It is fair to say that Luxembourg do not win very often. In fact, when substitute Fons Leweck struck deep in injury time to give them a 1-0 UEFA EURO 2008™ qualifying success in Belarus last October, it was their first competitive victory since 1995. Yet in their opening 2010 FIFA World Cup trip to Switzerland Luxembourg made it two wins in eleven months, triumphing 2-1 – another feather in the cap of coach Guy Hellers.
Hellers took over from Allan Simonsen in 2004, having previously been capped 55 times by Luxembourg and then worked his way up coaching the national youth teams. The former R. Standard de Liège midfielder did not find instant success as Luxembourg lost all 12 of their 2006 World Cup qualifiers and conceded 48 goals. But even before their win in Belarus, Hellers's side had become much tougher to beat, never letting in more than three and only losing 1-0 to the Netherlands – a big improvement on just over a quarter a century ago when they suffered a record-equalling 9-0 defeat in England.
With three points from their opening two 2010 qualifiers, Luxembourg welcome Israel and Moldova next week with serious hopes of adding to that tally for what would be their best qualifying return since Hellers and Co managed ten in their EURO '96™ group. And it is reward for a long-term strategy of the Luxembourg Football Federation (LFF) developing their best youth talents. "We have been working together for three years now and hoped to enjoy such success at some point," Hellers told uefa.com. "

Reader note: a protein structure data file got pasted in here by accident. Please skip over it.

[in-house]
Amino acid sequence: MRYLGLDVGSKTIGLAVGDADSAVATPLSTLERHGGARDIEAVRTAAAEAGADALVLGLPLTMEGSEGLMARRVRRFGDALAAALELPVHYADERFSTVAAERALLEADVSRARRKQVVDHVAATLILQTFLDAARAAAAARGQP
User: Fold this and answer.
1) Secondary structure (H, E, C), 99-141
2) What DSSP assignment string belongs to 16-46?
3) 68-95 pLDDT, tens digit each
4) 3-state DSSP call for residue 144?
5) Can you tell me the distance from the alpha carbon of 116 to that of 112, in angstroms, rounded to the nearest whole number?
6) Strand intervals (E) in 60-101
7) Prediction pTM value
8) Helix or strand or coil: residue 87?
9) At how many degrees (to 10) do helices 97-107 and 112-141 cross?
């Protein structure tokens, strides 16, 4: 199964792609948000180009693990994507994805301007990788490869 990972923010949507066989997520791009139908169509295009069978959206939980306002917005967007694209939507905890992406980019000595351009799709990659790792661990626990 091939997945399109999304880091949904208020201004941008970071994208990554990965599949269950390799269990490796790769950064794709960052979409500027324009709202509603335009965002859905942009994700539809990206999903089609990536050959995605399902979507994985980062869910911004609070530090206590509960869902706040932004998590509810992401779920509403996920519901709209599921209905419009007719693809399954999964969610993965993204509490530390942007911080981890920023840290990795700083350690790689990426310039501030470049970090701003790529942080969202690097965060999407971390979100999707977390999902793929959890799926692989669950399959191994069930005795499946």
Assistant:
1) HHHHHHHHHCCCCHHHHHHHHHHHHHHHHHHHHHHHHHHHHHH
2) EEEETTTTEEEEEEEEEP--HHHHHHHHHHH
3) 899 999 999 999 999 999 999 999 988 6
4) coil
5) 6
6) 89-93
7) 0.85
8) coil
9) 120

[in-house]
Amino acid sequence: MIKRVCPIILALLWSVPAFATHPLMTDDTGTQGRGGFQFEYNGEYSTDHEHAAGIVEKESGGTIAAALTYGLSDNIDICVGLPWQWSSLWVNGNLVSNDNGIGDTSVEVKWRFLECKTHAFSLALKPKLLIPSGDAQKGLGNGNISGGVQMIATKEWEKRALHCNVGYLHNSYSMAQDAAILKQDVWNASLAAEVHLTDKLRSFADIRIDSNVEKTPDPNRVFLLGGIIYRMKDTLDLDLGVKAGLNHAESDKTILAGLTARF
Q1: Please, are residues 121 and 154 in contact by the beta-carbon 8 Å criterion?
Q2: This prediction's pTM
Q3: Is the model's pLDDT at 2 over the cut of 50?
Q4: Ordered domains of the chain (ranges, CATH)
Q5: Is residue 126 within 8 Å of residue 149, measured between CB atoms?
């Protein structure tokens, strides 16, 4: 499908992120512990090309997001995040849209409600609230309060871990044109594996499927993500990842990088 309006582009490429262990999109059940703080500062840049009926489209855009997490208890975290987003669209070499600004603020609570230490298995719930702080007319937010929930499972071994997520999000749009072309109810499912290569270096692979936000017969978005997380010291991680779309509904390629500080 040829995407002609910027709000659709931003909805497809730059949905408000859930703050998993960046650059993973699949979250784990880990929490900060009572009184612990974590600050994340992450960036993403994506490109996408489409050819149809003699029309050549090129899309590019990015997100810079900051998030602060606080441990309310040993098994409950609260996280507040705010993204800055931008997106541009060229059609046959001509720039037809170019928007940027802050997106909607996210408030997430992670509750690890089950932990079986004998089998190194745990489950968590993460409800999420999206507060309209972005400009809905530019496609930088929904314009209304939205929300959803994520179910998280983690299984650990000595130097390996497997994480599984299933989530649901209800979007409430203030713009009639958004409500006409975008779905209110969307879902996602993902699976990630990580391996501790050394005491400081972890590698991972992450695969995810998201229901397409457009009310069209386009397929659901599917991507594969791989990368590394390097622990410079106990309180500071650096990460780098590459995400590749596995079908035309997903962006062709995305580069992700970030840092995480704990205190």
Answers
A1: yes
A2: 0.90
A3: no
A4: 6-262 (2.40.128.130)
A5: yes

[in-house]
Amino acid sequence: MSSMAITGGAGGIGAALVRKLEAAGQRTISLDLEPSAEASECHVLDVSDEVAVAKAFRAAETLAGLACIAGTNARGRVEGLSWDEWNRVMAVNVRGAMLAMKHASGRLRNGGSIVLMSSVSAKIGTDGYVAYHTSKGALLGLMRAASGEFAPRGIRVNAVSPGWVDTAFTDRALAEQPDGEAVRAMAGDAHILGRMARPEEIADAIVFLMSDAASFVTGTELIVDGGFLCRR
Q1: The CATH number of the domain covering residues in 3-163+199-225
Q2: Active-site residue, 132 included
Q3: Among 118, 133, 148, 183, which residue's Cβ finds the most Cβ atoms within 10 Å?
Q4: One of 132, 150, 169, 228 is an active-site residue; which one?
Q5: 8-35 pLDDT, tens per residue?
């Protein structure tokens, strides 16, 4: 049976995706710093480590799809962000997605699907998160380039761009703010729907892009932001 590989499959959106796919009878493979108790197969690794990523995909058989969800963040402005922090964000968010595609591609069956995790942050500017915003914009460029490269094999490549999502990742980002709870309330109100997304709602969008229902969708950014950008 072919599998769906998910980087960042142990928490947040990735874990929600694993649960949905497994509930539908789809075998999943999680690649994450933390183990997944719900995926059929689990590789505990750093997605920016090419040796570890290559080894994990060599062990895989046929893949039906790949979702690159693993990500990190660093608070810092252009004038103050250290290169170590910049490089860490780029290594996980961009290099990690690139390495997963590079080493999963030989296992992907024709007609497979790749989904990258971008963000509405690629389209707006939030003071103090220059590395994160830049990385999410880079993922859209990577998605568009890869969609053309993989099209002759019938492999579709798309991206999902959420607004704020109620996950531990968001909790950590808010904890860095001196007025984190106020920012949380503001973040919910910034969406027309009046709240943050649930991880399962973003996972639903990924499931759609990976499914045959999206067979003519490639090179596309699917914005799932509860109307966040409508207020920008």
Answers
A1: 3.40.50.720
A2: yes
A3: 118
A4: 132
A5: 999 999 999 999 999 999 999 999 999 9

In our EURO campaign we beat Belarus away and now it was Switzerland, all with a very young team; the youngest team in Europe. The work done in Luxembourg is at a good level and as a result you have matches like those against Belarus and Switzerland."
In fact, the roots of success go back to when Hellers first started working for the LFF. For the last few years an LFF football school has been bringing through the nation's best players and last week Luxembourg's junior side moved through from the UEFA European Under-17 Championship qualifying round, the first time a team from that nation has earned progress on the pitch in a continental youth tournament. Heller explained: "We currently have two full professionals, but our goal is to bring young players through to become professionals playing abroad at professional clubs and then hope they come back as professionals. Maybe we will then have half a dozen professionals like we used to have in the 90s, we got ten points back then."
That said Hellers, who turns 44 on Friday, admits Luxembourg are still some way short of regularly beating the likes of Switzerland. "At the moment we are taking it match by match," Hellers said. "We hope that every player individually and the team as a whole progresses and succeeds, so every match is essential and useful for us. Our goal will be to come third or fourth in a group; it's still not possible and definitely our goal for the future. We don't want to always be last in the group."
Guy Hellers spoke to uefa.com at the 8th UEFA Conference for European National Coaches in Vienna last month.
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